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The White House Must Delegate More National Security, Officials Say

Author: Gayle Tzemach Lemmon, Senior Fellow for Women and Foreign Policy
August 4, 2014
Defense One

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From the Gaza war to Ukraine, Iraq, Syria and the Afghan elections, there are so many conflicts occurring at once that the Obama administration's tight-gripped method of handling global crises at the top is starting to show cracks.

Former senior Defense Department and State Department officials are saying the growing number of conflicts demanding the attention and leadership of the United States means it is time the White House start delegating more.

"It is hard to handle the volume of what the world is throwing at theU.S. right now if everything has to go up to the most senior levels," said MichŤle Flournoy, CEO of the Center for a New American Security and President Barack Obama's former under secretary of defense for policy, in an interview with Defense One.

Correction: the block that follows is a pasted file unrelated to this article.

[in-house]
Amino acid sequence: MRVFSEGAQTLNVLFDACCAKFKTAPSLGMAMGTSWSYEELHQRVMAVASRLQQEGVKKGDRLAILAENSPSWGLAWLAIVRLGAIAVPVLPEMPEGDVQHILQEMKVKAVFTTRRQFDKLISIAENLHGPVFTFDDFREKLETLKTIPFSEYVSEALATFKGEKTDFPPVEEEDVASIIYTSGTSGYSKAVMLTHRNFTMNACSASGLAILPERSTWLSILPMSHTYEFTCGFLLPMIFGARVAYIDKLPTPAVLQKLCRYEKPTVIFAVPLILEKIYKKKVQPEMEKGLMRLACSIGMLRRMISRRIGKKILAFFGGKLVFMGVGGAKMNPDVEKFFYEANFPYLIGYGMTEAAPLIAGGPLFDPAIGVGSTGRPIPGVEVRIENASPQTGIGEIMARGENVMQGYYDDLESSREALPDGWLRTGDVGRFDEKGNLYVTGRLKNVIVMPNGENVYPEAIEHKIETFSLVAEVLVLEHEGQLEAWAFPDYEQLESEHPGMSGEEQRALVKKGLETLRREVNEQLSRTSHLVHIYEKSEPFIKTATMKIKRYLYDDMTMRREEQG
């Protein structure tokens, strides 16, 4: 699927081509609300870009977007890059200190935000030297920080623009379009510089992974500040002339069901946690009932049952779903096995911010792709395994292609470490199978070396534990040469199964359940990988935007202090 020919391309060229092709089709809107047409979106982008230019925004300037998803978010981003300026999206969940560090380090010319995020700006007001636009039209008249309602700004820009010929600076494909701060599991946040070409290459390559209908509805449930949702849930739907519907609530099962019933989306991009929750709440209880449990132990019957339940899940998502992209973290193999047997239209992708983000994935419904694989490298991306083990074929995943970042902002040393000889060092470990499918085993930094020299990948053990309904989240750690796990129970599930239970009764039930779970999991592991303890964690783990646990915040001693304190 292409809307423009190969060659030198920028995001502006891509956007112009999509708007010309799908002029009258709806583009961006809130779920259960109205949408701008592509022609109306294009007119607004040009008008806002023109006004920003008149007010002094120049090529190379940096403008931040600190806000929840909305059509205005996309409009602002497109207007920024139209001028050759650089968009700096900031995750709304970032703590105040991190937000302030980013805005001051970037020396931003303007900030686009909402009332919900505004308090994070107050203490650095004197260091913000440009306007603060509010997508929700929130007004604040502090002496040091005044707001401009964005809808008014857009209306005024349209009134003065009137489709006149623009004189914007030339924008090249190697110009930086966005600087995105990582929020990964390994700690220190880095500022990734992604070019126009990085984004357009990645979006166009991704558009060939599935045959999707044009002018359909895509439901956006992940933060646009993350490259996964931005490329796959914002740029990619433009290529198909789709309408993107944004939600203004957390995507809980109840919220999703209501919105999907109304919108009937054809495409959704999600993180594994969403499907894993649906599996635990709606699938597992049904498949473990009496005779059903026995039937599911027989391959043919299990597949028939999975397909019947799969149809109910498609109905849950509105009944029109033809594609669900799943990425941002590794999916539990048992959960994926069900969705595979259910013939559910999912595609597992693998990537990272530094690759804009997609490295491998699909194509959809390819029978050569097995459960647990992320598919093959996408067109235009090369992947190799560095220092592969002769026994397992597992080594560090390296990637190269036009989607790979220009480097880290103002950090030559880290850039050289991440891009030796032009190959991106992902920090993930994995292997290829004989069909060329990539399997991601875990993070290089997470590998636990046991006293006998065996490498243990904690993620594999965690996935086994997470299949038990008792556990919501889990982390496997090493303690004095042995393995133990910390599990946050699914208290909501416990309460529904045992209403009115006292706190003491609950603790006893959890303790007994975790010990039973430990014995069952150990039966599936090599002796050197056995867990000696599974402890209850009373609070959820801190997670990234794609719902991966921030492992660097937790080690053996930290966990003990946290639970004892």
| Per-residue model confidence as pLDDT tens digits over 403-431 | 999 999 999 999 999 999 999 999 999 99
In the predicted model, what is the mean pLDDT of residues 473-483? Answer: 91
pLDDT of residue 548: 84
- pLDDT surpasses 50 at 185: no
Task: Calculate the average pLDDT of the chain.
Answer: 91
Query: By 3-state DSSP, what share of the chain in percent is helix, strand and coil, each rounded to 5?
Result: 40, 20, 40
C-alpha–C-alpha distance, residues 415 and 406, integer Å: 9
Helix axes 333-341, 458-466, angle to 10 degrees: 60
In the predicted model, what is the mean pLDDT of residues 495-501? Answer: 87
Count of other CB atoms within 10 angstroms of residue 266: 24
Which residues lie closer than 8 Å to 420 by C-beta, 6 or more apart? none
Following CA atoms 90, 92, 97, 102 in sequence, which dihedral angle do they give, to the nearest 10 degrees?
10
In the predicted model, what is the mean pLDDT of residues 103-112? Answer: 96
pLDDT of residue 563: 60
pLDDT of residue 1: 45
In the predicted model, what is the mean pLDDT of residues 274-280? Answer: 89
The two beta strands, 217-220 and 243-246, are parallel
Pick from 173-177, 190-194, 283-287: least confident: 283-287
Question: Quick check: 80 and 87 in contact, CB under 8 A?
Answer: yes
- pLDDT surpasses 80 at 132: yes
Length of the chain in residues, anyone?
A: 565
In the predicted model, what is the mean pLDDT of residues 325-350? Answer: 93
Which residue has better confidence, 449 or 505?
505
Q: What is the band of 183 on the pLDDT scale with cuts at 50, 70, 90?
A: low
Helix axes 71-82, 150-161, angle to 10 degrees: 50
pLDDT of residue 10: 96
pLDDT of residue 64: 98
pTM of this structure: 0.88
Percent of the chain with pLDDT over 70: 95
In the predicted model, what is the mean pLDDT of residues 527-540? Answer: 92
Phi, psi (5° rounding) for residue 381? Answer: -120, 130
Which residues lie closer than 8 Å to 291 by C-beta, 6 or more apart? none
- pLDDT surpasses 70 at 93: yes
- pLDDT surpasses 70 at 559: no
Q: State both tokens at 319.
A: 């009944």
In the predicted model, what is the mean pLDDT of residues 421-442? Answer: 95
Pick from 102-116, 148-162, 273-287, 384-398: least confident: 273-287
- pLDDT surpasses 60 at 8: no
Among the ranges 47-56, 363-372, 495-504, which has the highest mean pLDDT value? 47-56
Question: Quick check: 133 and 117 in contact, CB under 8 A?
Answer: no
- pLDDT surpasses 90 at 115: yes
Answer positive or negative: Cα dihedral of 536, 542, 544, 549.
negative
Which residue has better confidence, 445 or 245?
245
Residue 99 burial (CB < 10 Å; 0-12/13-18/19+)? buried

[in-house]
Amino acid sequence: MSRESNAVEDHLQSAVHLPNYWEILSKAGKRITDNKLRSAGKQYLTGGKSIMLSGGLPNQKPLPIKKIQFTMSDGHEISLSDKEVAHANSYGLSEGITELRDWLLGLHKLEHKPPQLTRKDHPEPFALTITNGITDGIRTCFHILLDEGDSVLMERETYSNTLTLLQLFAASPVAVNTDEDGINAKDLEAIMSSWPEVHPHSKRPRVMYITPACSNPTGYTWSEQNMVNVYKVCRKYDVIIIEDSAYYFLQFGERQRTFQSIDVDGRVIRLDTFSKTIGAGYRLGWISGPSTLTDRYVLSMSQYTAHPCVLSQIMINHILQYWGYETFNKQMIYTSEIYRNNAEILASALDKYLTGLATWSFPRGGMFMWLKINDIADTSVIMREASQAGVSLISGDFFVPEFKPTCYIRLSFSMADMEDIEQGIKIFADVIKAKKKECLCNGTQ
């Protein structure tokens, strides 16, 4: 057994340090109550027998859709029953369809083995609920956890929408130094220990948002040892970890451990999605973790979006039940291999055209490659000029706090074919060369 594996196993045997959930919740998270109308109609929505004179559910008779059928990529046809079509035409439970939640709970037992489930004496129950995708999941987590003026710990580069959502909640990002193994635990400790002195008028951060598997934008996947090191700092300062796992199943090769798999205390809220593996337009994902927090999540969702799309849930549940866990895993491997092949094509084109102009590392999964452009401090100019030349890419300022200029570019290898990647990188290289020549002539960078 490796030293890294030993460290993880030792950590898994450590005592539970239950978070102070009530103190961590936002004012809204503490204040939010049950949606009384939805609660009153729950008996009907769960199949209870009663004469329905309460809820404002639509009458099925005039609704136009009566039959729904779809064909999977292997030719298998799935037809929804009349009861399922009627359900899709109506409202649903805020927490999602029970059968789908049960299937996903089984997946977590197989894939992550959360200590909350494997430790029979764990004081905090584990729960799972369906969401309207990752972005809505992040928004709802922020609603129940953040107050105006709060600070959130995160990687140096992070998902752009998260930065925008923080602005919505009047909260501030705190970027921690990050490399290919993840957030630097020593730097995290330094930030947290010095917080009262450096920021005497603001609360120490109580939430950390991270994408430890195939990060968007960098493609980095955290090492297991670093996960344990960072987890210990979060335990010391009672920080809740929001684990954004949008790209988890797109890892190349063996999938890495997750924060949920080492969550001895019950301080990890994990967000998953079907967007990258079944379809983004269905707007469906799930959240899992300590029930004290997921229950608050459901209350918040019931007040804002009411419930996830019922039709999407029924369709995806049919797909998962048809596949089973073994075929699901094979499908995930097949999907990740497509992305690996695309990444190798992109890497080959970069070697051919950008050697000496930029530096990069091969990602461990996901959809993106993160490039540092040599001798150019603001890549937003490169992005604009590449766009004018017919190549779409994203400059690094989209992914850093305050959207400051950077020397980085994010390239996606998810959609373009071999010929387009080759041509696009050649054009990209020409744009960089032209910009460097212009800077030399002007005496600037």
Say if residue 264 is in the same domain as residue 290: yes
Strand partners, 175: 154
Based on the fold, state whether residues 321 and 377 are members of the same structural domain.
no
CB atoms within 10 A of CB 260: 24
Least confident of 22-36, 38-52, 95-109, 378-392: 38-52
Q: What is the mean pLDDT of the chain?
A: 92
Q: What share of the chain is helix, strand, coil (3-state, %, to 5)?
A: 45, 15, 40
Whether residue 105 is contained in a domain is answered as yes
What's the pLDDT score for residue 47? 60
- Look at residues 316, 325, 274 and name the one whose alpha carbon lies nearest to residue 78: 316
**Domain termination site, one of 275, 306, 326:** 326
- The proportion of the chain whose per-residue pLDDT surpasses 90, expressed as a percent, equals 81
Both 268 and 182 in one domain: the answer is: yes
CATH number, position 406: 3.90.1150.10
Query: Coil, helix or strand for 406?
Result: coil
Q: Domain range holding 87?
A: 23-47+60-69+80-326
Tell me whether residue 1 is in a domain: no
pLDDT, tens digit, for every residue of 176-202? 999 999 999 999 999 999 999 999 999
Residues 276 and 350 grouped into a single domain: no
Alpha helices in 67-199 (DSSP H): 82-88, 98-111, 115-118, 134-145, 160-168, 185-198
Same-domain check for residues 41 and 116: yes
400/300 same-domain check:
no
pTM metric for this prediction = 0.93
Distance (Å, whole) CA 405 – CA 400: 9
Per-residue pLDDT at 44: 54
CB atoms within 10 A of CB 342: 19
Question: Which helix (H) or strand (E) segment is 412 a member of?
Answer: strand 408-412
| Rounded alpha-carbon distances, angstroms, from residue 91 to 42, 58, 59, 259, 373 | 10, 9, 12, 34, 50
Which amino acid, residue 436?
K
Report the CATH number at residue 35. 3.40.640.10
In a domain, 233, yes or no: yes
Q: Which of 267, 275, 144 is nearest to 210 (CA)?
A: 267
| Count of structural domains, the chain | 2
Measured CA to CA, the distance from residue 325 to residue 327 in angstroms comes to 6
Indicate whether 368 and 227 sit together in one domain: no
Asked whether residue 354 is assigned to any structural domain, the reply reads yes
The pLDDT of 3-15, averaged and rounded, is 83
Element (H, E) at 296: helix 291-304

Critics frustrated at the administration's noninterventionist responses from Syria to Russia have said that the proliferating and worsening conflicts are a sign of America's shrinking global influence. Others, including Flournoy, take issue with the idea of downsized American leadership, but say that it is simply too much work for this or any White House to handle, and that it is time to roll more power down to the professional diplomats, interagency professionals and cabinet members closest to the front lines of any given issue.

"There are some things that needed to be coordinated at the very top within the White House," Flournoy said, "and there is a lot that with some basic guidance you could empower your agencies. Over-centralization in this kind of environment really hampers your responsiveness and limits what you can take on."

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